NGC 1097 observed in optical light
Astronomers recently measured the mass of a supermassive black hole at the center of a galaxy located approximately 45 million light-years away.
They used a new technique and one of the highest observatories in the world – the Atacama Large Millimeter/submillimeter Array (ALMA). In the process, they expanded the set of tools needed to understand how black holes influence galaxy formation.
The heart of a galaxy
Supermassive black holes are gargantuan – millions of times the mass of the Sun. Astronomers now believe that there’s a supermassive black hole at the center of every large galaxy. Some studies have found that their mass is correlated to the mass and to the orbital speeds of the galaxies that surround them.
Artist’s impression of tubular plasma structures (CAASTRO/Mats Bjorkland)
“First ever” astronomy discoveries can come from new instruments, like the James Webb Space Telescope or the European Extremely Large Telescope (both still under construction).
They can also come from novel uses of existing instruments.
A team of astronomers has recently detected the existence oftubular plasma structures in Earth’s magnetosphere. And, through clever use of a radio telescope, they imaged these tube structures in 3D, verifying a 60-year-old theory.
Excavation of the Kuukpak sod house
Climate change doesn’t offer much that’s positive, but a small gift to science may be the archaeological artifacts that are exposed when ice melts. Dwellings, tools, and human remains, undisturbed for thousands of years, are suddenly accessible to study. Ötzi the Iceman was a prime example, found after 5,300 years when hikers stumbled on his body in a glacial gully of the Ötztal Alps. Such finds are valuable glimpses into ancient worlds.
Sites that are discovered because of a warming earth, however, come with a scientific expiration date. Once exposed to the elements, these finds can deteriorate or scatter, pushing archaeologists to work fast to study and preserve them before they’re gone.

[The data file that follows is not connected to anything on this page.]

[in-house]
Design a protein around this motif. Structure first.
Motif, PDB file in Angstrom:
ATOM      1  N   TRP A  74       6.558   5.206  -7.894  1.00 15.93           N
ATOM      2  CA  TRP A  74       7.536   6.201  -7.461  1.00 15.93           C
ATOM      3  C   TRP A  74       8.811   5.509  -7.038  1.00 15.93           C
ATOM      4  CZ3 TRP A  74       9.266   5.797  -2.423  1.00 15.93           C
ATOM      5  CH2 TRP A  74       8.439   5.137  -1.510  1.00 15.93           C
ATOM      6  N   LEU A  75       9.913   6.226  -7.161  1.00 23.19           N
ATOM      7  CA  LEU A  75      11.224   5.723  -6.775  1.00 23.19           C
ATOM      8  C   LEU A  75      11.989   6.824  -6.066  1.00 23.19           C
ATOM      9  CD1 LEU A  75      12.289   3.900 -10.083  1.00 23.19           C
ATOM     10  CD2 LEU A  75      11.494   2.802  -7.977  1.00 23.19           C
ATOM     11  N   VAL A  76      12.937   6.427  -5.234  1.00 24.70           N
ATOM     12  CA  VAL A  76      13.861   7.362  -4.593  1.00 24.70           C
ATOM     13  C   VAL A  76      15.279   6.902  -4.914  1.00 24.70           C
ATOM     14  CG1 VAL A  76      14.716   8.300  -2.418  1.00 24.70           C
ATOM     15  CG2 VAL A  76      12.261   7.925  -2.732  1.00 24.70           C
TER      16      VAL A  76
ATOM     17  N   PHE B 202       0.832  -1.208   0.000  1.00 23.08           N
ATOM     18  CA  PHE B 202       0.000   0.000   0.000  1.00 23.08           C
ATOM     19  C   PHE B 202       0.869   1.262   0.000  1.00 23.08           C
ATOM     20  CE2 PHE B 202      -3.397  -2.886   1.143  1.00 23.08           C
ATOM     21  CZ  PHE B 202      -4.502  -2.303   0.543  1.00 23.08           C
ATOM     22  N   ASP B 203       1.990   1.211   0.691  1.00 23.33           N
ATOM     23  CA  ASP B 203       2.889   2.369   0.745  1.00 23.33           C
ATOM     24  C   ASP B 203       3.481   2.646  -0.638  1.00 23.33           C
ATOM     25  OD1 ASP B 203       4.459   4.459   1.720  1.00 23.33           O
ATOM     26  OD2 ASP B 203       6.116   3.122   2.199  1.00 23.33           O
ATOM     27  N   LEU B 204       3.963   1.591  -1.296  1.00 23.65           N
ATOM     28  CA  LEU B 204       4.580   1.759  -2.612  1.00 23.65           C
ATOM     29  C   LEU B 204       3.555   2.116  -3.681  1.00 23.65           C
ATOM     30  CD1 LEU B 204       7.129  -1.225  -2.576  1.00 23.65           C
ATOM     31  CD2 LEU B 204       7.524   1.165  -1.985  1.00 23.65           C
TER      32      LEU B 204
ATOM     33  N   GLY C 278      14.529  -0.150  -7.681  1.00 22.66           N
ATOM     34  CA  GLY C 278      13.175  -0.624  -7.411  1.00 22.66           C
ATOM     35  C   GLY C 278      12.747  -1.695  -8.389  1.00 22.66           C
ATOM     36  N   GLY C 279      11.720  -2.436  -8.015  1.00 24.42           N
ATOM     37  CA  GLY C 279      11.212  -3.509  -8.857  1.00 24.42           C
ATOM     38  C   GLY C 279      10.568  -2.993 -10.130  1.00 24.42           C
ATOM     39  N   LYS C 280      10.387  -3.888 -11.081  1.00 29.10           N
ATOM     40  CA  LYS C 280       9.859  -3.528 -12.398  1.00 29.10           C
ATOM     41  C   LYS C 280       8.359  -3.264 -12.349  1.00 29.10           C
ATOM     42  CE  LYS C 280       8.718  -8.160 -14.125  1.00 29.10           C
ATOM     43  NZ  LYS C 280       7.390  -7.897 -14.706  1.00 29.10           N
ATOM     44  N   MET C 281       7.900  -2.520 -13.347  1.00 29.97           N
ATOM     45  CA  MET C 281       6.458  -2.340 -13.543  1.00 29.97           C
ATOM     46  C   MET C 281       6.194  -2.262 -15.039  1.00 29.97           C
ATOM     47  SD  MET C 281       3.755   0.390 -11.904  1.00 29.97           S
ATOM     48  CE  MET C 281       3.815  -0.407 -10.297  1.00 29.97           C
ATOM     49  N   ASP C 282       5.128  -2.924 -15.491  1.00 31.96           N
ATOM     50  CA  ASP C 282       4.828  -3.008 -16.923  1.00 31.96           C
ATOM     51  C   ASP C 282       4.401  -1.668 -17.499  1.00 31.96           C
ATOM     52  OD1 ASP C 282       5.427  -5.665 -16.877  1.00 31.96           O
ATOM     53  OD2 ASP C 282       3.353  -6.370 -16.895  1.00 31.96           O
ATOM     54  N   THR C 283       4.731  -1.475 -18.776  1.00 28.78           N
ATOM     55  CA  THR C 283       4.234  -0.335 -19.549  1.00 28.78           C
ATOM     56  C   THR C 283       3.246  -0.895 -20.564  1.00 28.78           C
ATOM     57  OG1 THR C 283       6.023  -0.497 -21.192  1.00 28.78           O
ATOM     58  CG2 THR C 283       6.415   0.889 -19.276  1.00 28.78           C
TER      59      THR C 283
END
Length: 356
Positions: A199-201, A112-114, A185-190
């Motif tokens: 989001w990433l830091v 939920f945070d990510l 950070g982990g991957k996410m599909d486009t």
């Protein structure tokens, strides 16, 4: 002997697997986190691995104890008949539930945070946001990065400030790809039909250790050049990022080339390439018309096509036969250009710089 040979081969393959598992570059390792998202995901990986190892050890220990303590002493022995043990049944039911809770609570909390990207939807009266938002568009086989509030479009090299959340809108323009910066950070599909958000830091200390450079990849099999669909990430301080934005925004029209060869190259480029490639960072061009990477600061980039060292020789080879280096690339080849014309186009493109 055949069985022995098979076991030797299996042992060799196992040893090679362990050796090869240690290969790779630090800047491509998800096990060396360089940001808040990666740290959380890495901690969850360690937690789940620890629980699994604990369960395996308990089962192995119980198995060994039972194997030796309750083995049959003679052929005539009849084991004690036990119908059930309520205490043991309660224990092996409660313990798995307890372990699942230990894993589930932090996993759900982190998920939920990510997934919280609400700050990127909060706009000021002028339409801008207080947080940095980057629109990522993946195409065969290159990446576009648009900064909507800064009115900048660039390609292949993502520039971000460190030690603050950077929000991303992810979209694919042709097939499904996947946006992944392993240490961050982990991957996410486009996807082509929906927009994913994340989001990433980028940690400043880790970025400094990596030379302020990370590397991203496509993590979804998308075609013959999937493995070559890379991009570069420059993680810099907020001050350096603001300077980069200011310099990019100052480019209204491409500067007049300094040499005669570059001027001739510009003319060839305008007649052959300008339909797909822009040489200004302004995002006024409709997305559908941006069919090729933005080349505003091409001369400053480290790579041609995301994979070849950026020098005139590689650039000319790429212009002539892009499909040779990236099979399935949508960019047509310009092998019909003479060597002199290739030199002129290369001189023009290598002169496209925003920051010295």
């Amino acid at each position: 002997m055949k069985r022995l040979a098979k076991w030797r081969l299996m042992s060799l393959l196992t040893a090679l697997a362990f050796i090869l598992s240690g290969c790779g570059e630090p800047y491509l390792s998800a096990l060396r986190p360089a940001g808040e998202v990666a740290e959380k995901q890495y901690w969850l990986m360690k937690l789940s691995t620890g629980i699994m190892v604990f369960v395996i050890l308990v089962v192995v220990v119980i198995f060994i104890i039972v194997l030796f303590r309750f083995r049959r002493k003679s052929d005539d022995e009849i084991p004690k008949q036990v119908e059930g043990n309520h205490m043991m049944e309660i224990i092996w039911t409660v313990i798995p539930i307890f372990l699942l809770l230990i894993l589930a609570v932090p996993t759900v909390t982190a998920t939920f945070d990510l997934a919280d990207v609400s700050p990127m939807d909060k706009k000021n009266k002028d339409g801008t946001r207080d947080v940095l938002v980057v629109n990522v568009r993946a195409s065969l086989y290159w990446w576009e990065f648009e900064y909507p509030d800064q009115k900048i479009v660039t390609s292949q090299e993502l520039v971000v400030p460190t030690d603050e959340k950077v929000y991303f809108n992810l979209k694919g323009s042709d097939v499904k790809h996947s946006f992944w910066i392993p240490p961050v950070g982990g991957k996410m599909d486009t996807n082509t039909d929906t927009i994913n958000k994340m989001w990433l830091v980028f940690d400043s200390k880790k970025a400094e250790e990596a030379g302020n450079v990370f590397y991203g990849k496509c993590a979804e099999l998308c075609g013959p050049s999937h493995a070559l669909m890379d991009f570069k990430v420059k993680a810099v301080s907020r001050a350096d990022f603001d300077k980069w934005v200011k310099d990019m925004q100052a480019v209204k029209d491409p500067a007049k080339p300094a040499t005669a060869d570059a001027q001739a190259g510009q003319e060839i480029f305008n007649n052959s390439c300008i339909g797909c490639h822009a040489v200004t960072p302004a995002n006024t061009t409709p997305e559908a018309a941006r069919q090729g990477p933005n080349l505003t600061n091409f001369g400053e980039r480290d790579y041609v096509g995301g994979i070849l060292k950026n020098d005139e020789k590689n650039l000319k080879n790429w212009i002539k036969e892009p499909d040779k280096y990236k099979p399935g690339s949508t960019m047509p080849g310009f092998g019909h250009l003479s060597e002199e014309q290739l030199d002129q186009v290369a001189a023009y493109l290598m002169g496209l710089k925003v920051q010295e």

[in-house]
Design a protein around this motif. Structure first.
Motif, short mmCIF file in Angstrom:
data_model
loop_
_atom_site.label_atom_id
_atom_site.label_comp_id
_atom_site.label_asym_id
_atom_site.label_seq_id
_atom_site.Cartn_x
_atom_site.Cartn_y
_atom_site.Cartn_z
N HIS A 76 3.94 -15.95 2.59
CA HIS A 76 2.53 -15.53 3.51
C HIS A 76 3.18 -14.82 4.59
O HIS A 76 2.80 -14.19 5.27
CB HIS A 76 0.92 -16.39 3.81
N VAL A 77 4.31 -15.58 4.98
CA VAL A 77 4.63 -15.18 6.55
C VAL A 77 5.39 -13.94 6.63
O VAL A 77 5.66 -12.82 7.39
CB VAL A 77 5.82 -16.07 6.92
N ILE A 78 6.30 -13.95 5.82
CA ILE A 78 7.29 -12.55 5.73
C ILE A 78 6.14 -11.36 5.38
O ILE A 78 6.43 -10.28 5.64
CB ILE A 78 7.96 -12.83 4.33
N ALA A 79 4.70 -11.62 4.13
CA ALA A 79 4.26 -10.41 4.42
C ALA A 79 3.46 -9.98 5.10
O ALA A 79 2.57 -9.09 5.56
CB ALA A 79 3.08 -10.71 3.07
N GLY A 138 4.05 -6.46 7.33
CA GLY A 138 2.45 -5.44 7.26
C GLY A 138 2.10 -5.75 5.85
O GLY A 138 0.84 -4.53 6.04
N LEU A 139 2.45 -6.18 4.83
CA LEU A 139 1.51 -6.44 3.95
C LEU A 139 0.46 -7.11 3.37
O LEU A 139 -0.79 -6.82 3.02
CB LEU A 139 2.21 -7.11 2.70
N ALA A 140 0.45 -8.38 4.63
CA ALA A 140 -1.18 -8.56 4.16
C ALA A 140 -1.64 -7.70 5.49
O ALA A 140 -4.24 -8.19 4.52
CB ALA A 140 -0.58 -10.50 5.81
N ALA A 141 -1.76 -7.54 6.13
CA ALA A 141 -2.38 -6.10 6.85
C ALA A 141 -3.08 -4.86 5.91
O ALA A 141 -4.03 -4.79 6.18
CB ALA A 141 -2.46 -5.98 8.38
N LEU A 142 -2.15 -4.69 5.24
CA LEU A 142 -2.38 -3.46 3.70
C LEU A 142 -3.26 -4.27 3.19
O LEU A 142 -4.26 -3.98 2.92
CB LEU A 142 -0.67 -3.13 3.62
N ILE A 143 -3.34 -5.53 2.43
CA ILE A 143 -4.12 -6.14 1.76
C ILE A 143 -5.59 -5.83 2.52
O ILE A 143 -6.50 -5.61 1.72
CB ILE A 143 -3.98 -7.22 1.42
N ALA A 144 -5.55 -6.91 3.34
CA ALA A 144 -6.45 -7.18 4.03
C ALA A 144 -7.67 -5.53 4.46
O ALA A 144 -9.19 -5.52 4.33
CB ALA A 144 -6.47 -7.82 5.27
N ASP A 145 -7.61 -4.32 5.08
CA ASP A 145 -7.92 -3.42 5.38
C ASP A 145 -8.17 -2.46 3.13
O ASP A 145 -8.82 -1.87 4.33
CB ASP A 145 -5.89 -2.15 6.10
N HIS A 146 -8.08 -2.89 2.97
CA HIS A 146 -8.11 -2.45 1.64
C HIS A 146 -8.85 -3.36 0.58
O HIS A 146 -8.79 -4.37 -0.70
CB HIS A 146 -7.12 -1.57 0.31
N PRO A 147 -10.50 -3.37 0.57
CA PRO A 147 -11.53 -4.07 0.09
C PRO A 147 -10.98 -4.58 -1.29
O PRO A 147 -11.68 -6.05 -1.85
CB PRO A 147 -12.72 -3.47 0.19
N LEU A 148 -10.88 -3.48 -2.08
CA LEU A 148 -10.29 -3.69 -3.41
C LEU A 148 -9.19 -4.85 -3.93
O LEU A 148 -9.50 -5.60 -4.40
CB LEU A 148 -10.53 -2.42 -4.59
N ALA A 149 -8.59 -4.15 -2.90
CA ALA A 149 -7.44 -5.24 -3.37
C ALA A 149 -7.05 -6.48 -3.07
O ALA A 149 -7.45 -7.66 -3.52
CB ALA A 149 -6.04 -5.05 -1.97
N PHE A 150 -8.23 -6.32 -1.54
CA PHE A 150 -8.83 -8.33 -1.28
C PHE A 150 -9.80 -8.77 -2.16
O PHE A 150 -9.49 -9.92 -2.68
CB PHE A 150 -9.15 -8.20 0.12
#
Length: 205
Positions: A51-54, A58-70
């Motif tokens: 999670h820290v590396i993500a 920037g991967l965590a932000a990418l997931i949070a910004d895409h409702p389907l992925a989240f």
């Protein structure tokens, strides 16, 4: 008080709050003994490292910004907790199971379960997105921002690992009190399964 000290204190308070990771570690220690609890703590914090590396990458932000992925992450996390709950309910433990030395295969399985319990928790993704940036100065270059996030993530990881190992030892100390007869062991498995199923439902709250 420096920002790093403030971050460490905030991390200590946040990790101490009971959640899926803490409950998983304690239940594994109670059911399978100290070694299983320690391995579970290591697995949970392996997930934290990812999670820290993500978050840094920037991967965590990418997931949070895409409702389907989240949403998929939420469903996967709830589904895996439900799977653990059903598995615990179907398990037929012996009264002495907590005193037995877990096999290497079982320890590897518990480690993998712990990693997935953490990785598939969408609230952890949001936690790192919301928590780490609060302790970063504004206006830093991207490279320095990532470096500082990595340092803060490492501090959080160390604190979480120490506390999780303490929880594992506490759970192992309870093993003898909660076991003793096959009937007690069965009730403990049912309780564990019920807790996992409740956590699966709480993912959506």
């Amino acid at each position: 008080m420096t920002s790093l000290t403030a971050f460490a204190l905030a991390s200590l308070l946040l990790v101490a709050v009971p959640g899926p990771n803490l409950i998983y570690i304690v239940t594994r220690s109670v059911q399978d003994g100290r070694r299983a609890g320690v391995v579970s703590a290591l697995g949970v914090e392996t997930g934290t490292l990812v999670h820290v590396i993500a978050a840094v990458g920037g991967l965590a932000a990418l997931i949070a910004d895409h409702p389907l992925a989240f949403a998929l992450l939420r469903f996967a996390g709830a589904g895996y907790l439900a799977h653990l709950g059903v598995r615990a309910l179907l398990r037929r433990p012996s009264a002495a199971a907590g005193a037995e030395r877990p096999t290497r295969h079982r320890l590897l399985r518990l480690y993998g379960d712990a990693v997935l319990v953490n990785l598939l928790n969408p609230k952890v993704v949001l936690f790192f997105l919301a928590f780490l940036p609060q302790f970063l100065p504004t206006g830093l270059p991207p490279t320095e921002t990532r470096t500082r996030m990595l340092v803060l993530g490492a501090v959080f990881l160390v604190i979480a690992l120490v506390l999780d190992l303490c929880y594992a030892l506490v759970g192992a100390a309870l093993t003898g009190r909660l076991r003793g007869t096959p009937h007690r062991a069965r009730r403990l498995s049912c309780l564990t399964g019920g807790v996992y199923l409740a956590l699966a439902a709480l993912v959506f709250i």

Scholars can glean information about the ancient Greeks by examining the images and writings on their pottery. Some vases contain nonsense inscriptions, however: combinations of Greek letters that don’t translate to any known words. One scholar played a hunch about these gibberish words and, in the process, gave voice to languages that hadn’t been heard for thousands of years.
The work began with a study of 12 Greek vases in Athens from the period 550 B.C. to 450 B.C. Stanford University Research Scholar Adrienne Mayor and J. Paul Getty Museum Assistant Curator David Saunders translated inscriptions next to scenes of Amazons fighting, hunting, and shooting arrows. The inscriptions were written in ancient Greek but didn’t form Greek words, so they could only be transcribed by sounding out each letter.
Bacteria are a familiar part of indoor environments – always present, difficult to remove – and a lot of those microbes aren’t friendly (remember Legionnaire’s Disease?). While cleaning is often ineffective – and can even be counterproductive – there are solutions to keeping buildings healthy. New research is looking into design methods that cooperate with biology, rather than fighting it. In the process, this work could bring microbe management into mainstream architectural design.
Collecting water samples (Brian Dimento, UCONN)
Proteomics is the study of cellular proteins and their functions. It’s a relatively new science but a productive one, yielding insights into maladies like tumors, cancers, and renal disease. Proteomic analysis is becoming an essential tool in the study of human health.
Now, a team of scientists has extended proteomics to the study of ocean health.
In a recent paper published in Science, the team described how they identified and measured proteins in the ocean to determine the responses of single-celled organisms to their environment. Proteomics is bringing a new perspective to the understanding of ocean ecosystems.